The book's chapters are short, to the point, and very easy to read. While you'll find sound doctrine here (Titus 2:1), you'll also find practical ways to know that you are living the faith. You'll learn that when Jesus bids us to follow Him, this is a life changing transformation that effects the entire person. To be a Christian is not merely believing in Jesus or believing that He died for our sins and rose again but its much more. The life of Jesus in the person effects the entire person from the inside out (John 3:3-7; 2 Corinthians 5:17).
Overall this is a solid book and one that I would recommend for those who are seeking engage people who think they are Christians because they have once believed in Jesus but don't follow Him daily (Luke 9:23-25) or for those who claim to be Christians but never obey Him as Lord (1 John 2:3-6). As someone once said, "I am not a hamburger because I go to McDonald's nor am I a Christian just because I go to church." As James the Apostle said in James 2:19, "You believe that God is one; you do well. Even the demons believe - and shudder." Demons believe in God but they are not changed. They are not disciples. Are you? Read this book to know for sure.
Questions can lead to truth, but only if you answer honestly. Many of us say we're one thing or another, just so we can go back to what we were doing. The beauty of this book is that it gives a good starting point to ask yourself some honest questions. The author gives an interpretation of what the answer should be, backed well with scripture, but even that is useless if you're not answering honestly. But if you're prepared to be honest, ask some questions that might seem tougher than they appear on the surface, this book is well worth your time if the answer to the question on the cover leads to a truth you're prepared to discover. Enjoy the journey.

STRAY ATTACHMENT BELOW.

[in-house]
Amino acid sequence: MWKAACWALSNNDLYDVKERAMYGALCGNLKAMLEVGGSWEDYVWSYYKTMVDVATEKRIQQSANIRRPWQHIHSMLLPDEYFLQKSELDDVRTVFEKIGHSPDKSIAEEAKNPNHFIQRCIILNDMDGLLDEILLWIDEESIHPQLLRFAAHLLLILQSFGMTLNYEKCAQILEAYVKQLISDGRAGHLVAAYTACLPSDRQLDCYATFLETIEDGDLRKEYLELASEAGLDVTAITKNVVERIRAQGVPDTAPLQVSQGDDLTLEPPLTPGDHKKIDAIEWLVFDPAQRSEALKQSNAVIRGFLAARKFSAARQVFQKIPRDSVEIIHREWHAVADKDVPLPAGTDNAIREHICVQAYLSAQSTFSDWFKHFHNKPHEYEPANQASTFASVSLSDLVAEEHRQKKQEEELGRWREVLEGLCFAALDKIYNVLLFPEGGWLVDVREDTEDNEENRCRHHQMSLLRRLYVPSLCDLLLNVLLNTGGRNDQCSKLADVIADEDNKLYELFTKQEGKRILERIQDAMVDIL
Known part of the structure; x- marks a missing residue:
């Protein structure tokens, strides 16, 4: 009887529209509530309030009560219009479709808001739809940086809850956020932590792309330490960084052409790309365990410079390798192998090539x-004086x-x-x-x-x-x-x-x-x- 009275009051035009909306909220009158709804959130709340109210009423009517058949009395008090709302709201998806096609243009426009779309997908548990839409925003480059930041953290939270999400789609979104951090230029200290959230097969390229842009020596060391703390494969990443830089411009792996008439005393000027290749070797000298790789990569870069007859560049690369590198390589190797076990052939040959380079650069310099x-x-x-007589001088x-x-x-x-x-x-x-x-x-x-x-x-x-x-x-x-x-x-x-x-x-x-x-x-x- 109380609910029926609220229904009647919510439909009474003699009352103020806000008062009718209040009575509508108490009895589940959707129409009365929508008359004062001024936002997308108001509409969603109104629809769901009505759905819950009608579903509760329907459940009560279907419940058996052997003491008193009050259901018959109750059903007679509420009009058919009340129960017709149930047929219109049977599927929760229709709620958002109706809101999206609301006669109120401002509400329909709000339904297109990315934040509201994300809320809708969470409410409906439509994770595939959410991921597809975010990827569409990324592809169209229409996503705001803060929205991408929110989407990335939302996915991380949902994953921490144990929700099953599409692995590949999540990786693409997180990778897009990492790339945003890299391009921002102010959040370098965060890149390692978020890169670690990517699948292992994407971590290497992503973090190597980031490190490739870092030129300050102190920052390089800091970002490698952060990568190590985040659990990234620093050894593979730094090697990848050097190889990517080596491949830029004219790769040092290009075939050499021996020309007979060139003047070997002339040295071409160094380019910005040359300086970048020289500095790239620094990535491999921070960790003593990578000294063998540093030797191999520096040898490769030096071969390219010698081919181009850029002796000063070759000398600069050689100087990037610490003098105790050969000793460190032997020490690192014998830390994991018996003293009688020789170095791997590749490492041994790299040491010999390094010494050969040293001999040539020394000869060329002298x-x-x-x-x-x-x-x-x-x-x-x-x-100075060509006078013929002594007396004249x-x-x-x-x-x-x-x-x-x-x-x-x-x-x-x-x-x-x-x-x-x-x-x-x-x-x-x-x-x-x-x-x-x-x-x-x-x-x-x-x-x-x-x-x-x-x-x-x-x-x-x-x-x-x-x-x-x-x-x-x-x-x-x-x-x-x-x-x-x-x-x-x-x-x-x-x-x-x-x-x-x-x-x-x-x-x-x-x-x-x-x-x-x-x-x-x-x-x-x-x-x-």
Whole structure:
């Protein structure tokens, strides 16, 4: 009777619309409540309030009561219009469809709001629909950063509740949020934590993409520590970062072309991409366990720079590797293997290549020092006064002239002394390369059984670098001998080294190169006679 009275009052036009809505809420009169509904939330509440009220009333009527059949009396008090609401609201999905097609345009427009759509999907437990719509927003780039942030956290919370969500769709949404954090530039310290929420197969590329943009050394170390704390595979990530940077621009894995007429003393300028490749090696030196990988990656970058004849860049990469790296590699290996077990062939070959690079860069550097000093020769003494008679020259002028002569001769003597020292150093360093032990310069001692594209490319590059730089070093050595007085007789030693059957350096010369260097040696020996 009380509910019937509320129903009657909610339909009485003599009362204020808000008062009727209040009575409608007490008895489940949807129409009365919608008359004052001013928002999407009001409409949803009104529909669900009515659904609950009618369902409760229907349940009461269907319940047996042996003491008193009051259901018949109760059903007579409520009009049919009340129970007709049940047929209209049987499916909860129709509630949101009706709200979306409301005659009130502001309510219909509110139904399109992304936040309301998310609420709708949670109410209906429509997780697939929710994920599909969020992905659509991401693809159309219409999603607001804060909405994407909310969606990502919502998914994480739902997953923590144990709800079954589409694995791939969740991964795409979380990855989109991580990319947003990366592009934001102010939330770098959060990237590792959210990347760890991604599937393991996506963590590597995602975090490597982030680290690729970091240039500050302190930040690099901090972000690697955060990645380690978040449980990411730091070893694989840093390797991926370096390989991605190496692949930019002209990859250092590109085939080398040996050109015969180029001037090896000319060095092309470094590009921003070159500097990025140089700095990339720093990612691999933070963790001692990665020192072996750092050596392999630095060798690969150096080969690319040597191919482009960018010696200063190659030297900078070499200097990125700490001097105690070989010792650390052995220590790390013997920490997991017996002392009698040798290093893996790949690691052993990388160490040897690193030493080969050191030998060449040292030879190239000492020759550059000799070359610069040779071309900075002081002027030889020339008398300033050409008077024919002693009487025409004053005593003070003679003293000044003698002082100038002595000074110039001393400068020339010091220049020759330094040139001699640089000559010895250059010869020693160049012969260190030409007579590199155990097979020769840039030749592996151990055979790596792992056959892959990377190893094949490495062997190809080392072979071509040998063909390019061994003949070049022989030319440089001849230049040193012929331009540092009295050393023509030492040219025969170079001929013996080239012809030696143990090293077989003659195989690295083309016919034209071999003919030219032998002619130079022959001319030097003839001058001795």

The author is responding to a significant problem that plagues the Church, and attempts to give a biblical response to that problem. Here is the issue: many Christians (especially in North America) claim to be Christian, but fail to live up to the biblical definition(s), characteristics, and reflections of what it really means to be a disciple of Christ. We are Christians in name only, but don't really exhibit any of the biblical characteristics of such.
I believe that this stems from the fact that many Christians call Jesus their "Lord and Savior", but fail to realize that those are two very different things. They acknowledge Jesus as the Savior (which is all that is required for "salvation"), but haven't remotely made him the Lord of their lives. This book attempts to address this problem...and does so quite effectively.
Most Christians need to consider these issues if they truly consider themselves followers of Jesus, because they may be surprised at the variety of ways they have failed to live up to the standards God expects from them in a life of true discipleship.
One final note: I do not believe that the topics outlined in this book are necessarily exhaustive. They are excellent, and accurate, and biblical, but they aren't the ONLY expectations God has for disciples of Jesus. For example, the book doesn't address stewardship (not just of money...of time, of energy, etc), yet the Bible makes clear that this is a key and significant aspect of discipleship. It does mention perseverance, which is fine...but why that and not stewardship?
But overall this is a fantastic book and well worth a read for many Christians. It's surprising that more books have not been written to address this issue, and refreshing that this book does. Recommended.